Aren’t we all in need of a little re-invention you may say!
Arguably, the mining industry needs to re-invent more than most industries. For example, in mining the expression has at least two implications these days:
- The transition to the so-called critical minerals, and
- The transition of the public image of the industry to that of “good corporate citizen”.
Critical minerals are generally defined as:
Non-fuel mineral, element or material that:
- Has a high risk of supply chain disruption, and
- Serves an essential function in one or more energy technologies.
- A listing of the critical minerals varies with who is creating it, but obvious inclusions are cobalt, lithium, manganese, tungsten, vanadium, and the rare earths.
Much of the interest in critical minerals is due to the urgent need to decarbonise our world. These minerals are critical for things ranging from wind (and other) turbines to electric vehicles.
The industry knows that as we further decarbonise the world their existing portfolios must change – less coal and more critical minerals for a start.
Being recognised as Good Corporate Citizens:
Over the past few years, the mining industry has been working hard to change its public image. Too often in the past the general public has perceived the industry as “cowboys” – maximise profits and leave concerns about climate change, the environment, and the workers to someone else. While these concerns may have been more perception than reality, we now realise that perception is a critical concern. In terms of long-term viability, what the mining industry is really about is of less concern than what the public perceives it is about. The industry is now actively trying to change the public’s perceptions.
We must remember that the industry’s ability to attract workers will determine its ability to make these transitions. As is now appreciated, the critical Millennial and Gen Z generations are very concerned about good corporate citizenship.
An important part of this transition was the subject of the last blog where we discussed the concept of “the social licence to operate” – the importance of establishing this position and then maintaining it.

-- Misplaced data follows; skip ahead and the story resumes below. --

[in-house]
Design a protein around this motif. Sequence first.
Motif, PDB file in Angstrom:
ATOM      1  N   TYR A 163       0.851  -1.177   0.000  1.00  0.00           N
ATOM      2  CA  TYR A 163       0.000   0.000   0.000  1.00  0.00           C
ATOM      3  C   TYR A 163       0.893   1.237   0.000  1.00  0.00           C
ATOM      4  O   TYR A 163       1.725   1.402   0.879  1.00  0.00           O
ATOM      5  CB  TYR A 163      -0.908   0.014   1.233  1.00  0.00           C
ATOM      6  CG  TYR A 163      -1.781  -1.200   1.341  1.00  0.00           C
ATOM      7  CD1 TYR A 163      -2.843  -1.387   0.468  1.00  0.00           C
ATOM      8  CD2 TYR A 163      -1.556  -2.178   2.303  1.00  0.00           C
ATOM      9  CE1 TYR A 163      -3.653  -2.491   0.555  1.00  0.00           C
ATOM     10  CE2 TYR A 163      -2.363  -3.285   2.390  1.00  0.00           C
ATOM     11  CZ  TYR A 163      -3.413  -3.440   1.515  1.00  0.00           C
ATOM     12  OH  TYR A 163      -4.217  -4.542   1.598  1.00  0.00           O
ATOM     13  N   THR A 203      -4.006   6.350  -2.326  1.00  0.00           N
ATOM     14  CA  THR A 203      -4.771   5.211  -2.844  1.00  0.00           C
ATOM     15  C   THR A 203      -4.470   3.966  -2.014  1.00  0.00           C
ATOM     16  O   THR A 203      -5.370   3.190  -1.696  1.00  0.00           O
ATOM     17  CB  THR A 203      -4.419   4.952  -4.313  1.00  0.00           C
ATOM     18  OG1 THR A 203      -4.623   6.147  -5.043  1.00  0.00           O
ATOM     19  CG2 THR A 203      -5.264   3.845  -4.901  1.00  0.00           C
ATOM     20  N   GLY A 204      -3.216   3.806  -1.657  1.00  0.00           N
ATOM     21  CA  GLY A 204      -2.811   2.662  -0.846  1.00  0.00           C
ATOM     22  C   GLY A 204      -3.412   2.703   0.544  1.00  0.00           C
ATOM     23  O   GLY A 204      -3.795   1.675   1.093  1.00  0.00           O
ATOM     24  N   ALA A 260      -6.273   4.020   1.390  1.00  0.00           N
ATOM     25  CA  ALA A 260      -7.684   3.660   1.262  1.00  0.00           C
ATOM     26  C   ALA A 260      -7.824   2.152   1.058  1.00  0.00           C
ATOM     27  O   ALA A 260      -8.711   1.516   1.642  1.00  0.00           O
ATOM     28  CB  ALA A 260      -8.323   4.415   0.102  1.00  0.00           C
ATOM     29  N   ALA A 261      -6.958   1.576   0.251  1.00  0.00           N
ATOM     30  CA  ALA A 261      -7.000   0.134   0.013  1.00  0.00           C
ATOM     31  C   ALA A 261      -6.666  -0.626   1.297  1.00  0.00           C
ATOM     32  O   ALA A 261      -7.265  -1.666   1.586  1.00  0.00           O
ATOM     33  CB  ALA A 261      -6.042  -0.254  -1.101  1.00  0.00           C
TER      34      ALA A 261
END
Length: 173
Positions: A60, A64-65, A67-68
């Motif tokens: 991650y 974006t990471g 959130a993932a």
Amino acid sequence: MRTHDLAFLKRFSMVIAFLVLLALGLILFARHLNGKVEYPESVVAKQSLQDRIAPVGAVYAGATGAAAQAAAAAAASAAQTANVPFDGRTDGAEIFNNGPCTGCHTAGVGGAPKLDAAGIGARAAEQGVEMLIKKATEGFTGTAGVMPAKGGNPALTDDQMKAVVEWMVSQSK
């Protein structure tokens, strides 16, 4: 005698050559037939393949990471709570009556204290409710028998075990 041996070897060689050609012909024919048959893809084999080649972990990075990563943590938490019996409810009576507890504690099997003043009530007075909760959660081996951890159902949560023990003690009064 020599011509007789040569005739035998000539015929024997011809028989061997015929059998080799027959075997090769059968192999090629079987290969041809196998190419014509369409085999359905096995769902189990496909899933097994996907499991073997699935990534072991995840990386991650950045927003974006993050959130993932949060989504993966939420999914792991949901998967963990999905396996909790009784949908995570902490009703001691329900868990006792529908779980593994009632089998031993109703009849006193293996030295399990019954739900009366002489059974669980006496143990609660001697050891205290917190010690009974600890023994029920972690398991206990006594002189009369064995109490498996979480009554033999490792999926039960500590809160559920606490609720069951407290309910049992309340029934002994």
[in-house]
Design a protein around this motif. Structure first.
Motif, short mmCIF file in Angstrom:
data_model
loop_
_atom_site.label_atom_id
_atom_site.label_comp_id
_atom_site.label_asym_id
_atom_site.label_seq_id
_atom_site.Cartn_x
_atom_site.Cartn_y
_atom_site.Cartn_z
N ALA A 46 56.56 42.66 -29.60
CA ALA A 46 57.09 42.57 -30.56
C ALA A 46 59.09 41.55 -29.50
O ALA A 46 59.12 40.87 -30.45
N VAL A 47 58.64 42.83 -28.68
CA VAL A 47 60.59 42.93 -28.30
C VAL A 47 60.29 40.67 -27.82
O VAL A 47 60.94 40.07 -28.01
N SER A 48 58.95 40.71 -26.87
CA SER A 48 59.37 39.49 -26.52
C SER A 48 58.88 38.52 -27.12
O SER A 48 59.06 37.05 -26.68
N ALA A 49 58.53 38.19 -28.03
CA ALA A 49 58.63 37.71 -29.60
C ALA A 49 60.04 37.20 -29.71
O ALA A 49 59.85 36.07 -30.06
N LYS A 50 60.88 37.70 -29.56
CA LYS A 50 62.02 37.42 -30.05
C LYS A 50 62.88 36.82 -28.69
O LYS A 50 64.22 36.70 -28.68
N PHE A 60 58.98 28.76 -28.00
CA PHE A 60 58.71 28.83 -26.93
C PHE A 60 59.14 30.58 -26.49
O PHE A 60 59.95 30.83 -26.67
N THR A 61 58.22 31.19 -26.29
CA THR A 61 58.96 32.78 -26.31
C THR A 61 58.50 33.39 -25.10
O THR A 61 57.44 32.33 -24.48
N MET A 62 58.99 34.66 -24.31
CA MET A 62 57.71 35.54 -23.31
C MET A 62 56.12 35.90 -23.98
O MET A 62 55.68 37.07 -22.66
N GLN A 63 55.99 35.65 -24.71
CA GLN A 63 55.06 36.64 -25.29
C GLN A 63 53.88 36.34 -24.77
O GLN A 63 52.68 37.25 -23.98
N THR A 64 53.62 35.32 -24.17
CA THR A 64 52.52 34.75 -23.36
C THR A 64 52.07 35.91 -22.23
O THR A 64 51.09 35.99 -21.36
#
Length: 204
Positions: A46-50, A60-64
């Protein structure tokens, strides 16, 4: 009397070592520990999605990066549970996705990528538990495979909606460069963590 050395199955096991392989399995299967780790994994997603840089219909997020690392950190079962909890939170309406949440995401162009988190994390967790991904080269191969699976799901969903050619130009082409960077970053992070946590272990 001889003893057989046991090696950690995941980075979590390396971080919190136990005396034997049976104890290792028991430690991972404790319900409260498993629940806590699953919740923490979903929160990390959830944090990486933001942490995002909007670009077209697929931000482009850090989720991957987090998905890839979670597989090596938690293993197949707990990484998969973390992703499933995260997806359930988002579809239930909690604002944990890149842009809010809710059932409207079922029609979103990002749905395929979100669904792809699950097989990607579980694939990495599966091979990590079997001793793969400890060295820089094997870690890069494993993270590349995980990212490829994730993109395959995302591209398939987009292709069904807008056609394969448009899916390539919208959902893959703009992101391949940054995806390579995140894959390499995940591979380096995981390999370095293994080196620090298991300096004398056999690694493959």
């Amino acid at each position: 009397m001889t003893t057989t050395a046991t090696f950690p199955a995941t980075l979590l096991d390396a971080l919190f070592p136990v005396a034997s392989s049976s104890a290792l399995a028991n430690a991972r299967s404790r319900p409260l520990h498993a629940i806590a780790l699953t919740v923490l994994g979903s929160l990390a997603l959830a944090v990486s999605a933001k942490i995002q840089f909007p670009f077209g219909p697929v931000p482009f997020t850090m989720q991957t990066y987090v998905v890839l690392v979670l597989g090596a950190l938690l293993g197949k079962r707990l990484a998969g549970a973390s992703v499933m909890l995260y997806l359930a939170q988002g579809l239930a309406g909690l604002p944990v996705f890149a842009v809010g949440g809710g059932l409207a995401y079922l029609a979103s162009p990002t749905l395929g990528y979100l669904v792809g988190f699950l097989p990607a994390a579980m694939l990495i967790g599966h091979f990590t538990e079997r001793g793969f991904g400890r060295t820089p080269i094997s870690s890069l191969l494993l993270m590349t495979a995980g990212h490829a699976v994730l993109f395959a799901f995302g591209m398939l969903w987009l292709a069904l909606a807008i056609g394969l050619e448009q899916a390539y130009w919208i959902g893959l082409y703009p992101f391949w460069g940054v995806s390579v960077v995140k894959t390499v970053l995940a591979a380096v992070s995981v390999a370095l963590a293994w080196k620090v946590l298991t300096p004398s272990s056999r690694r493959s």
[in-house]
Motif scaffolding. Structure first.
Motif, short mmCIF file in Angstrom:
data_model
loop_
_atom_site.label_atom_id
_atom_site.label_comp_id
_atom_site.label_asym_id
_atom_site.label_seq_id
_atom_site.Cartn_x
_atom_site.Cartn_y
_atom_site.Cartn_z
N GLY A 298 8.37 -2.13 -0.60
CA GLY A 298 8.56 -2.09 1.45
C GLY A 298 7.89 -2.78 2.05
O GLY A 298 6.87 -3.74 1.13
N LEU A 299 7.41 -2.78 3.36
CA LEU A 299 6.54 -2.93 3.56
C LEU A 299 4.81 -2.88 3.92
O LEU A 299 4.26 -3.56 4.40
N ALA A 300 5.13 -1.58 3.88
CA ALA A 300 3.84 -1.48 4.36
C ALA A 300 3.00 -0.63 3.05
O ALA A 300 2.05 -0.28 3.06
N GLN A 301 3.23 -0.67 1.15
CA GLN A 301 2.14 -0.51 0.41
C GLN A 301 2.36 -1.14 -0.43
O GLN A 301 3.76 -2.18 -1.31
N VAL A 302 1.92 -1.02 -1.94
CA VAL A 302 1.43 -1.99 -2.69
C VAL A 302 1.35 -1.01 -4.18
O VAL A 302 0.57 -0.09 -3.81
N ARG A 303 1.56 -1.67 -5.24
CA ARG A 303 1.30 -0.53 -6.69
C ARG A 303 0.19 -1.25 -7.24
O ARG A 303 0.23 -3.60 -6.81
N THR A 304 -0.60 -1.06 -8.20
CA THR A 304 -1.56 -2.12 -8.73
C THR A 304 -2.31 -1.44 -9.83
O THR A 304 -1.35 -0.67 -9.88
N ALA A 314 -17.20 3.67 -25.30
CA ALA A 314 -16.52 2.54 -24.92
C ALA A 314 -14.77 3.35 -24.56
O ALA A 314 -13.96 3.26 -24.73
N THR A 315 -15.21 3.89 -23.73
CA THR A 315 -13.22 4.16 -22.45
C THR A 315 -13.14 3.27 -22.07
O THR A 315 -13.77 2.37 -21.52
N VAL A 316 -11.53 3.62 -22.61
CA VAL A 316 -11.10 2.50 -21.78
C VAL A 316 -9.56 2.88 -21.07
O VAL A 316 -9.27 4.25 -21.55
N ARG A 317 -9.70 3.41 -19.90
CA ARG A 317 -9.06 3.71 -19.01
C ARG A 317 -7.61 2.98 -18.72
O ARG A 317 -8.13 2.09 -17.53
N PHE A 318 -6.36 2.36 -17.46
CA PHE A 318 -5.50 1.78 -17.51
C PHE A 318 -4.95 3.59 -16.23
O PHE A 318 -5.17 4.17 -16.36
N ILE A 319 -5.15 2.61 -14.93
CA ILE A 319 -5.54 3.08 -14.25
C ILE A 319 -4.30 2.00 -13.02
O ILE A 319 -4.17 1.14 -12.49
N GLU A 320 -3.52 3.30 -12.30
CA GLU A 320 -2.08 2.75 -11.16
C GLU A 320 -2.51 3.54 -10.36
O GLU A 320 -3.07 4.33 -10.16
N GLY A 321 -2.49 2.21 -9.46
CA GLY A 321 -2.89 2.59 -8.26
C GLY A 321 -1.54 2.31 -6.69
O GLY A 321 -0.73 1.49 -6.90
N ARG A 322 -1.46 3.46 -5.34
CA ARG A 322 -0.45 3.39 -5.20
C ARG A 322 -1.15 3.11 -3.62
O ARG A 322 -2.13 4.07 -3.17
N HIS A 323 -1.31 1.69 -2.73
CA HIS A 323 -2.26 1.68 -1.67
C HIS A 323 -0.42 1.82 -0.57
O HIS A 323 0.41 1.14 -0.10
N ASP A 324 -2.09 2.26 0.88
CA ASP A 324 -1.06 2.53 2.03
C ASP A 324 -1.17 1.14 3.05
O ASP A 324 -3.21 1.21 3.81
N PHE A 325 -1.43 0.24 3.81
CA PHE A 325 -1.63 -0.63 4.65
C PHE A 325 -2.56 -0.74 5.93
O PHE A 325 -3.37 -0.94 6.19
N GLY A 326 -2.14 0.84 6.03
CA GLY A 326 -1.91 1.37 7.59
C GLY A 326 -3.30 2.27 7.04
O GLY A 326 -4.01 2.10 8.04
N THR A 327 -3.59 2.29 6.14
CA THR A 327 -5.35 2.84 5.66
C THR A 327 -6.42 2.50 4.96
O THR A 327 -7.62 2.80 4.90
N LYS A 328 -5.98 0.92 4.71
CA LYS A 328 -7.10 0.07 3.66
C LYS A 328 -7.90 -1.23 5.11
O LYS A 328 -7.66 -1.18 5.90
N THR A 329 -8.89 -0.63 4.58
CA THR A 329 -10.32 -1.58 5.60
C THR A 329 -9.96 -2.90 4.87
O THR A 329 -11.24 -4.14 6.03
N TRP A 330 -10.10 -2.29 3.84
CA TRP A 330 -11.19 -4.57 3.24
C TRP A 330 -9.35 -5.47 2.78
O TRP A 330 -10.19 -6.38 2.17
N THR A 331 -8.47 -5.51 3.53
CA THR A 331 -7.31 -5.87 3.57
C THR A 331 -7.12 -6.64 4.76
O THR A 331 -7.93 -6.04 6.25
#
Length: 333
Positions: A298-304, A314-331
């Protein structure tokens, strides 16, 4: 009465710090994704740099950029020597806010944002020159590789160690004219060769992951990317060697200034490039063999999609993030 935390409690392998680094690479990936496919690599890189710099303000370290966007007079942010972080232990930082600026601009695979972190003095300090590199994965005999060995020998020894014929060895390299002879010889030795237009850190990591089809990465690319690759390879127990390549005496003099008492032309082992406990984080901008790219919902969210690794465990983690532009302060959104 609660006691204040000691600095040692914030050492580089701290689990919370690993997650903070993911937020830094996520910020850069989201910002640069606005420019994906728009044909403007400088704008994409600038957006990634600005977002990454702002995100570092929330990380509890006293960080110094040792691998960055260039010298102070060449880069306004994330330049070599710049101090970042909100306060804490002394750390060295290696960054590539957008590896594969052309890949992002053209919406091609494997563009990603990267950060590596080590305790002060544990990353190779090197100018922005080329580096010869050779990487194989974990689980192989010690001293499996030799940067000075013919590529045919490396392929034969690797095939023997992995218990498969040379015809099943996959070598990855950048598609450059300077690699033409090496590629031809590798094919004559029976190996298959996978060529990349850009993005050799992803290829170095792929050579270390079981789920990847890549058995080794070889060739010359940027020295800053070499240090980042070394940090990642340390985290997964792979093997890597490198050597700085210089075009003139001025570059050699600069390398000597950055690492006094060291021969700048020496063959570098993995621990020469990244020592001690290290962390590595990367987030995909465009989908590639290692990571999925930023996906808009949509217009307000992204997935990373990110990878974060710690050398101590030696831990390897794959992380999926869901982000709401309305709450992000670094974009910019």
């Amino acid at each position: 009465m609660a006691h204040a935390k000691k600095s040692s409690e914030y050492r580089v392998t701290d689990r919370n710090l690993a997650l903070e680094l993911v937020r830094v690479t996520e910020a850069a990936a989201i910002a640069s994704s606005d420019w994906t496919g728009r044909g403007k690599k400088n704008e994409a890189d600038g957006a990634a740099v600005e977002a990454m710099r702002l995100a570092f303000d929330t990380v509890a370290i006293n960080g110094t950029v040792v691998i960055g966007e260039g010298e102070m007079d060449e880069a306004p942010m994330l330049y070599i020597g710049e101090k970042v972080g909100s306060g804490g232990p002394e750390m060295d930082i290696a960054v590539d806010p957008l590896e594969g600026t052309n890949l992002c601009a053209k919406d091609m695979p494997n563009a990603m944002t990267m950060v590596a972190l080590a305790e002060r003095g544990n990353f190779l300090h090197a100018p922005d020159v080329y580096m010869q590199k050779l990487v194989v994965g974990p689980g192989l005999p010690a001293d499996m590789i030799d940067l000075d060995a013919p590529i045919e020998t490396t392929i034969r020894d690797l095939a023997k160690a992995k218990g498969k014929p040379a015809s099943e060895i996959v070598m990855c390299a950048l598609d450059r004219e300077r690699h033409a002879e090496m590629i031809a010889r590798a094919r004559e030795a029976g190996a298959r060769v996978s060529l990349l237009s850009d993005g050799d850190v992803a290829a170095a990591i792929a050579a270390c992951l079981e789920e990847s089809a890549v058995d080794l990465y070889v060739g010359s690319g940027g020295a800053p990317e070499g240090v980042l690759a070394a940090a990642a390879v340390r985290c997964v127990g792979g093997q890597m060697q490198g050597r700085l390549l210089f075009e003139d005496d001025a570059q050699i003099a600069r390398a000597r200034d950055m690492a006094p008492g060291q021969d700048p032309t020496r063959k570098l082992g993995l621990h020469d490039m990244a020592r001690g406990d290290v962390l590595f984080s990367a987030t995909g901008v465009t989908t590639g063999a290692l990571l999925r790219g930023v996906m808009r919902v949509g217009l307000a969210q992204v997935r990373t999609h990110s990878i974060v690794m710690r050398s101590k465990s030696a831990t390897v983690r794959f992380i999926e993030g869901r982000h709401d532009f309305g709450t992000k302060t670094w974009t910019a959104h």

Important as this licence is, there are many other challenges being worked on, for example:
- Efficiencies in resource consumption
- Minimising land disturbance
- Pollution reduction
- Closure and reclamation of exhausted mine lands.
The industry is recognising that the mine of the future is less about technology and more about footprint:
- CO2 footprint
- Waste footprint
- Water footprint
- Community footprint, etc.
Bearing all of this in mind, it is obvious that the industry must more and more concern itself with its own decarbonisation – in addition to supplying the minerals necessary to decarbonise the world.
To complicate the task further, there are also the “soft” concerns, for example:
- The public needs to appreciate the importance of a viable mining industry to the needs of a growing world population.
- As a major challenge will be to attract workers, the industry needs to provide long term, meaningful employment opportunities.
- These opportunities need to be truly equal opportunities for everyone.
- Environmental concerns must be of key importance to top management.
- These concerns are not just for today, but forever.
As a part of this, the industry is now making great use of many forms of communication – TV, newspapers, social media, roadside billboards, etc.
But like everything else these days, we can’t work on these issues one at a time – we need to work on all of them all the time. Not only do we need to work on them, but we also need to be seen to be working on them – remember, perception is all important.
This is why working with third party experts such as Texcel can be such an advantage. Specialised technology comes with independent expertise, thereby establishing trust and confidence in the eyes of the public.
Complex as these transitions will be, we must remember that together we can move to a brighter more viable future for the mining industry and the world – with the full support of government and the public. Provided we accept the need to re-invent the industry.